As a way of introducing seven to 13-year-olds to the richness and diversity of human religiousness, this CD-Rom offers many excellent possibilities.
The six religions covered - Buddhism, Christianity, Hinduism, Islam, Judaism and Sikhism - are usually referred to as the "major world religions", but given that this CD-Rom is presented as an encyclopedia, one might also have hoped for some mention of Taoism, Confucianism and Shinto (even if they are not included in thecurriculum), plus an indication that there are also many smaller religions.
Some comment on how religion might be defined, its existence in prehistoric times and in vanished cultures, and its importance in human affairs throughout history, would also have been welcome. The lack of any general introduction leaves the user instantly immersed in the specifics of the different topics covered without any pause for comment or qualification.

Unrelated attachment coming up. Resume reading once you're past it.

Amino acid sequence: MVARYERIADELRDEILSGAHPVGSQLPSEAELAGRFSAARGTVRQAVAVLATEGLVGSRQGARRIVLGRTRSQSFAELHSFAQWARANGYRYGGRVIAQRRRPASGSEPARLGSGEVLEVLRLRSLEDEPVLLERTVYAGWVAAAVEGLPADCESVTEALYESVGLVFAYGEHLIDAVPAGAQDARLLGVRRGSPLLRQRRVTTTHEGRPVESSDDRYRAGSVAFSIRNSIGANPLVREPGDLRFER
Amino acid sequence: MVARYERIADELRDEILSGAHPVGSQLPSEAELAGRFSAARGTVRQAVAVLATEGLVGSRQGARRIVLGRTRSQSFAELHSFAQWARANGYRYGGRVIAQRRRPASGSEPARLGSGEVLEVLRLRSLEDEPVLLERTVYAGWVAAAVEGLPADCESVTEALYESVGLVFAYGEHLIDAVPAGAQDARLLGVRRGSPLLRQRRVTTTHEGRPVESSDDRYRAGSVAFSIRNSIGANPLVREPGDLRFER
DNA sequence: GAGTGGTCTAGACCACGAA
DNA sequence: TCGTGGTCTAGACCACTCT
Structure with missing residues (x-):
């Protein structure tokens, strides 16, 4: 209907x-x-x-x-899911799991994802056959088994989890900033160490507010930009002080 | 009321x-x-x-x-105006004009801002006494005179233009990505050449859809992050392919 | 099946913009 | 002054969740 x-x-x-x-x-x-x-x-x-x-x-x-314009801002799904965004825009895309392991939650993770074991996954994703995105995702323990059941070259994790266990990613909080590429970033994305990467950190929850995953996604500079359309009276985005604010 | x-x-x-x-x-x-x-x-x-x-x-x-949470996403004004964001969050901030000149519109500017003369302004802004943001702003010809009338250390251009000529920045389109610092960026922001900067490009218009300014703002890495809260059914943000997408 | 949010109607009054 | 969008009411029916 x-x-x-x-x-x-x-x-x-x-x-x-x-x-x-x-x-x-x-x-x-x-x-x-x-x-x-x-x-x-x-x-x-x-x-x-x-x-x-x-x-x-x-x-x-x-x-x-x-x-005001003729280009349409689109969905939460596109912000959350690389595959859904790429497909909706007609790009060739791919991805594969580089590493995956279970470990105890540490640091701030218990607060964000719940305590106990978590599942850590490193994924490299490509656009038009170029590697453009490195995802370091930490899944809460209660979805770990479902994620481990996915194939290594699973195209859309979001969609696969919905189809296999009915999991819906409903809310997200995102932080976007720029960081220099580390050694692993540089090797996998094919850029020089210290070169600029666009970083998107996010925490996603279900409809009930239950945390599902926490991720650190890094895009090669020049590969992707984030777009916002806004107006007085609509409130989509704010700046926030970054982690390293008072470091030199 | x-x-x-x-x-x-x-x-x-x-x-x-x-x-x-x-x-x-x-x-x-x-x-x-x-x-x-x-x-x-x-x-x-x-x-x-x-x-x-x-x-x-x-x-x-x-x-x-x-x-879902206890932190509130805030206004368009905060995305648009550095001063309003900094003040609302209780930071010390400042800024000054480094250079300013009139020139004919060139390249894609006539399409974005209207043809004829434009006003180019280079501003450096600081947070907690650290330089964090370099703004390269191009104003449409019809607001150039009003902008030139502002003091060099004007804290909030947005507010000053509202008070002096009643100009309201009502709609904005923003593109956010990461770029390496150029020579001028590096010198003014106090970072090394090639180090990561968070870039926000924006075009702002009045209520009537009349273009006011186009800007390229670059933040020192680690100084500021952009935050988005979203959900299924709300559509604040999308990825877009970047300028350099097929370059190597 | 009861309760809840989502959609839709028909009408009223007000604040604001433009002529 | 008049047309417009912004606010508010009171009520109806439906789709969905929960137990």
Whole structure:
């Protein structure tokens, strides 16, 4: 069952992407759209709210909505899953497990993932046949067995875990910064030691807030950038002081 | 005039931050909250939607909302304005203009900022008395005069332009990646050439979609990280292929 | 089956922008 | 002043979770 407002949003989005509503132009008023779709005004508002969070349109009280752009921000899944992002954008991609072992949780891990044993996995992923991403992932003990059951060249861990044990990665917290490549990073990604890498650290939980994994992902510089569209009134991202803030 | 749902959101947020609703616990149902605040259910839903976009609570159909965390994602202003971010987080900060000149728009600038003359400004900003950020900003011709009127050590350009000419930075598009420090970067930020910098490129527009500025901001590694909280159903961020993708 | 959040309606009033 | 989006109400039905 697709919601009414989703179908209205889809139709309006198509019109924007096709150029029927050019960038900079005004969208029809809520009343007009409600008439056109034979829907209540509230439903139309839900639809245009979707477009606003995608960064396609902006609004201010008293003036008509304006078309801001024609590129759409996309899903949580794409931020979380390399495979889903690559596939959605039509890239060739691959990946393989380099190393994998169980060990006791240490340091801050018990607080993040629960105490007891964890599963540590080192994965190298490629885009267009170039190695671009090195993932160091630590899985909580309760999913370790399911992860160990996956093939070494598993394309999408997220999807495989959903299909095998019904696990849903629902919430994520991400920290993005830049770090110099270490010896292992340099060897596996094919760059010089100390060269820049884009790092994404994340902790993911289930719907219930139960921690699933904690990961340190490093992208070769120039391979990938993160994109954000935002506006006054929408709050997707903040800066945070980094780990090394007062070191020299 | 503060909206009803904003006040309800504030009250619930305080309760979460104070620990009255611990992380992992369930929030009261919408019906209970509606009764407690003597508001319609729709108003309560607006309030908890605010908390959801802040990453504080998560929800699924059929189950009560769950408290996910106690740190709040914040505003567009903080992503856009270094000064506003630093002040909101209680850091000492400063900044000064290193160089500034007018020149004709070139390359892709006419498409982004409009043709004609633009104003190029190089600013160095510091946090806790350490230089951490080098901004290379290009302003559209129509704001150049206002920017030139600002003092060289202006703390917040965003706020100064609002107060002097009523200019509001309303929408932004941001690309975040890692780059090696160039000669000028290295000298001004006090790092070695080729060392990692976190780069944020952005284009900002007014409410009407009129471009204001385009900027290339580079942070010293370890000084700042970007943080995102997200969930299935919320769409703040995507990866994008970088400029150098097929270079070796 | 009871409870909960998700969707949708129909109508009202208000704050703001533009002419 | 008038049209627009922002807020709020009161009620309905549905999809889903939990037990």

One might also have wished for a more consistently phenomenological tone, so that we are not told, for example, that Jesus rose from the dead, or that Muhammad received the revealed word of God. These are statements of faith, not of fact.
It would also have been good to have had an indication of the difficulties implicit in translation. Representing "dukkha" just as suffering, without further explanation, for example, can render massive disservice to an understanding of Buddhism.
These shortcomings notwithstanding, anyone looking for a first stage guide likely to hook the interest of those coming new to these religions will not be disappointed.
Chris Arthur is a senior lecturer in religious studies at the University of Wales, Lampeter